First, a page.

[OPE-L:3075] Re: Simple Commodity Production

From: Paul Zarembka (zarembka@ACSU.BUFFALO.EDU)
Date: Tue May 09 2000 - 20:01:44 EDT

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On the beginning of *Capital* and value, I agree with Michael (below) and
earlier today (below that). The agreement is rather interesting to me
since Michael is sympathetic to Hegel and I, to Althusser.

Paul Z.

******************** http://ourworld.compuserve.com/homepages/PZarembka

"Michael Williams" <mike.williams@dmu.ac.uk> said, on 05/09/00 at 11:36

>I think two or three issues may be unhelpfully being conflated in this

>1. Did Marx start Capital with a pre-capitalist mode of production called
>'simple commodity production'?

>2. Did Marx allow that there could be commodity production and exchange
>in pre-capitalist modes of production?

>3. With respect to this second, there is a question as to whether such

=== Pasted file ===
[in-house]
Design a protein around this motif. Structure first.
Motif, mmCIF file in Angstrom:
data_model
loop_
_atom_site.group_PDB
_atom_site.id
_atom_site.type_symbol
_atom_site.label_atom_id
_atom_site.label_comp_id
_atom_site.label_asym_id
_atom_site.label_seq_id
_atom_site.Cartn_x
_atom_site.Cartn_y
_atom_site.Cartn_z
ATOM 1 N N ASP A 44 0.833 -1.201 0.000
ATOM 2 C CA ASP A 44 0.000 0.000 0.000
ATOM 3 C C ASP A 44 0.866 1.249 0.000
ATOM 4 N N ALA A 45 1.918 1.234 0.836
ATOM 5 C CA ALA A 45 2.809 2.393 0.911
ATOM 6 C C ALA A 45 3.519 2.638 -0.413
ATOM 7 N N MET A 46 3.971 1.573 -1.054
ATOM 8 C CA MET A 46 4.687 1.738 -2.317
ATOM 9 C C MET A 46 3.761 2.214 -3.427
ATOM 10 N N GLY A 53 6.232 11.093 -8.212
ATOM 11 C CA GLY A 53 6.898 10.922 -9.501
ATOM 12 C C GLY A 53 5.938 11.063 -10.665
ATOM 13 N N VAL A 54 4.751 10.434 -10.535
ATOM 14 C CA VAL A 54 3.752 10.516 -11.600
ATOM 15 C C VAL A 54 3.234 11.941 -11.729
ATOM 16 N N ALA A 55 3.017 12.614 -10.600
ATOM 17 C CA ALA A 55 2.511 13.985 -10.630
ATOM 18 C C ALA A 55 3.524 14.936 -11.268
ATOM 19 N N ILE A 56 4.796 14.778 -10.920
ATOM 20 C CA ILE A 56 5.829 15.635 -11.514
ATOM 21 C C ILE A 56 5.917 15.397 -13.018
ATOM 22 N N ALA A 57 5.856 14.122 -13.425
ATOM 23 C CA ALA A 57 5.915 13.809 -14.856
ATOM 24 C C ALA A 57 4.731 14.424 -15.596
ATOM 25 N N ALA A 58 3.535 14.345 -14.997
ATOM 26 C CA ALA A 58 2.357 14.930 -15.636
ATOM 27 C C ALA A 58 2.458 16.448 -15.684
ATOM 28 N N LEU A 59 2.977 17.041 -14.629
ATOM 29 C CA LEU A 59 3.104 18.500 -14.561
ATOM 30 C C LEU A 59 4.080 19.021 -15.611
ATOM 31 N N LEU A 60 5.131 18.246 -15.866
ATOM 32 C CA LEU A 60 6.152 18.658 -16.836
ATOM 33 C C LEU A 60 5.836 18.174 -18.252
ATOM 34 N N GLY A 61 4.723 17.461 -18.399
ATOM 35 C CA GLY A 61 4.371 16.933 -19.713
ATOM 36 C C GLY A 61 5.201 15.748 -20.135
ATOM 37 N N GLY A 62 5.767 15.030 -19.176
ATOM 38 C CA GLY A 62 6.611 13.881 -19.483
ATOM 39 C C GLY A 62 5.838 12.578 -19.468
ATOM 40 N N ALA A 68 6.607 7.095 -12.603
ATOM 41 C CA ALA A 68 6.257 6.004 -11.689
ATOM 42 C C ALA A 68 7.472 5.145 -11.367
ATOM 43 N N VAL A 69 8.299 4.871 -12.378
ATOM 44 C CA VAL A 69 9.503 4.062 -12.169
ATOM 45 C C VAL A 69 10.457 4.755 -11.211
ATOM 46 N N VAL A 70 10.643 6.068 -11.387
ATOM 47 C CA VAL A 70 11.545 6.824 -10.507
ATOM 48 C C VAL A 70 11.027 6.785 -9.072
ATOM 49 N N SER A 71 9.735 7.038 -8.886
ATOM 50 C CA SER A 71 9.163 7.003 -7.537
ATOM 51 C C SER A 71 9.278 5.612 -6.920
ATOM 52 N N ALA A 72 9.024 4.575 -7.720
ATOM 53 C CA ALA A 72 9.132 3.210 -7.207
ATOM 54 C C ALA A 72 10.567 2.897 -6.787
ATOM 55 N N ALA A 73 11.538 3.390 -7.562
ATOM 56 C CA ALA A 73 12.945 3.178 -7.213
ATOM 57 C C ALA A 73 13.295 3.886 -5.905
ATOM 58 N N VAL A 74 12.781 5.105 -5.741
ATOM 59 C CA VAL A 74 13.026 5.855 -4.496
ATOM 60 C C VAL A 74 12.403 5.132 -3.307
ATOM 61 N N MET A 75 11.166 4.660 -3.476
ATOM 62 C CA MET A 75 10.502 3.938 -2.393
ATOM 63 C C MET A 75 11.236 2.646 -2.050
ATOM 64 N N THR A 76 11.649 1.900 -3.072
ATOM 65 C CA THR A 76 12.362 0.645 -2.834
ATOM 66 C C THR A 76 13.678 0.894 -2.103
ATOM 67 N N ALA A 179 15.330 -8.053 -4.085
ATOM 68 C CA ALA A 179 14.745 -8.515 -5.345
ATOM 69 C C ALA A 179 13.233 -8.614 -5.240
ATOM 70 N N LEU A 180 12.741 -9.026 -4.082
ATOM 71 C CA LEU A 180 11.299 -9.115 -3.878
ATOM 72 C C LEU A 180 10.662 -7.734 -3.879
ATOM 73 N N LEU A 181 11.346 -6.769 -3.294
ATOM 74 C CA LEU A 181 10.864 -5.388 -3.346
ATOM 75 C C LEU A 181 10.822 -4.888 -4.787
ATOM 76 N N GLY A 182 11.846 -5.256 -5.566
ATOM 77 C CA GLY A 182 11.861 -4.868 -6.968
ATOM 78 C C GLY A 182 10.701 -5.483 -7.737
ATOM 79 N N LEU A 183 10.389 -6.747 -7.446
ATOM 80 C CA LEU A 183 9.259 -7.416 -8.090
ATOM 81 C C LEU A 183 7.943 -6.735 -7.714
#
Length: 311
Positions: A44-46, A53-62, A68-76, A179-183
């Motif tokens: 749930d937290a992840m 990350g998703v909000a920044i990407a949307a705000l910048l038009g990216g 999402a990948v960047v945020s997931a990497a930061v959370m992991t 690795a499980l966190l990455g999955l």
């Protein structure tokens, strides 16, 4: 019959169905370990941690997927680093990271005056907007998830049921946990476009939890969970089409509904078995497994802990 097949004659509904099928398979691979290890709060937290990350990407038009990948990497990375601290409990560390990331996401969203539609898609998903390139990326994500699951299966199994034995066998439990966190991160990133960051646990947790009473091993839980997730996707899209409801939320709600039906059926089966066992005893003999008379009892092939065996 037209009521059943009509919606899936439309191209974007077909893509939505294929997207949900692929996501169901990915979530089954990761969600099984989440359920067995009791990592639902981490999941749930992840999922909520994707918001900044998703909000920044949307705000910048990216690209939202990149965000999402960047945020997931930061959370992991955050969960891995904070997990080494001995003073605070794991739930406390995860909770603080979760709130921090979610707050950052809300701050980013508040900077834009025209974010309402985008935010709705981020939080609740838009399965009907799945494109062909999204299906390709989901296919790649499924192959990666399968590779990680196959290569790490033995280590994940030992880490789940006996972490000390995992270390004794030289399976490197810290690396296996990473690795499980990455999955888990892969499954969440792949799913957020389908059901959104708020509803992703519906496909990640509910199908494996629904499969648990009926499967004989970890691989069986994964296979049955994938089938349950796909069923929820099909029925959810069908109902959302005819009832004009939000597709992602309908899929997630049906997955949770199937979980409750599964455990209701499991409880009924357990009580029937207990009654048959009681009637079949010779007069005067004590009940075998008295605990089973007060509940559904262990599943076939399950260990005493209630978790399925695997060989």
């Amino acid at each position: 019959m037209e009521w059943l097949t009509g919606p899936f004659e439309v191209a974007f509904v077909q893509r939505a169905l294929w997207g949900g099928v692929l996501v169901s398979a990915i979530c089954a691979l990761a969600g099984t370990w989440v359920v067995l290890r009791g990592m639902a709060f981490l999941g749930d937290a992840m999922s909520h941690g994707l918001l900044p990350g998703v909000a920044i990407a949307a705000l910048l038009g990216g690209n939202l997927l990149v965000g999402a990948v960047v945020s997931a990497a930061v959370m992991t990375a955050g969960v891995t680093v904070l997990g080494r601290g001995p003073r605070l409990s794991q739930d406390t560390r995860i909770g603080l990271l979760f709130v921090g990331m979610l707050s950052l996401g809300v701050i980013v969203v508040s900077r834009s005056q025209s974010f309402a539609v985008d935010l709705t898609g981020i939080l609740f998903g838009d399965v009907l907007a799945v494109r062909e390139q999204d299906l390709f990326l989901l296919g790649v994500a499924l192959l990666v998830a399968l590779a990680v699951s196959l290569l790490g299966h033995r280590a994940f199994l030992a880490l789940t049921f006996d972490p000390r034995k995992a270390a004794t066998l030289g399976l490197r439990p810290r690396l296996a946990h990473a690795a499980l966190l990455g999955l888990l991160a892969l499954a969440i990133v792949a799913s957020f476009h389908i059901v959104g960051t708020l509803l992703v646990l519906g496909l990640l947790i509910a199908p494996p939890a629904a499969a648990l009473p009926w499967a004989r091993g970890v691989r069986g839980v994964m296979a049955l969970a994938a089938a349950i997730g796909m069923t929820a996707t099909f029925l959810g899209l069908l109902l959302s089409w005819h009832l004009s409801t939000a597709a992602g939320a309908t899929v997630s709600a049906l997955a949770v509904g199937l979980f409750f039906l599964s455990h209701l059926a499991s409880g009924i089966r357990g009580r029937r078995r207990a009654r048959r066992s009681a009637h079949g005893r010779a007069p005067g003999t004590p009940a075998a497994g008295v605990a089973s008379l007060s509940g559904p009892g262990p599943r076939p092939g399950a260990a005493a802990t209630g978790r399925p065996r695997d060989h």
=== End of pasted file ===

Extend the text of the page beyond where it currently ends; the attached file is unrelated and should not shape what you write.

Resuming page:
>pre-capitalist commodities were in all essential respects the same as the
>Commodity that is the 'cell-form' for conceptualising capitalism.

>My take on these questions is No, Yes and No. So capitalism is the only
>commodity producing *system*; earlier production of commodities was not
>part of a system that could adequately be counted as dominated by
>commodity production. But whatever, these questions are usefully dealt
>with separately, and, of course 3. is no doubt a matter of degree.


>In order to discover something about a social category such as value, we
>need to 'look at' instantiations of it as interconnected elements within
>the social system of which they are elements. Of course, since we cannot
>'see' interconnected systems directly, we need the mediation of the
>abstraction and systematic conceptual presentation...

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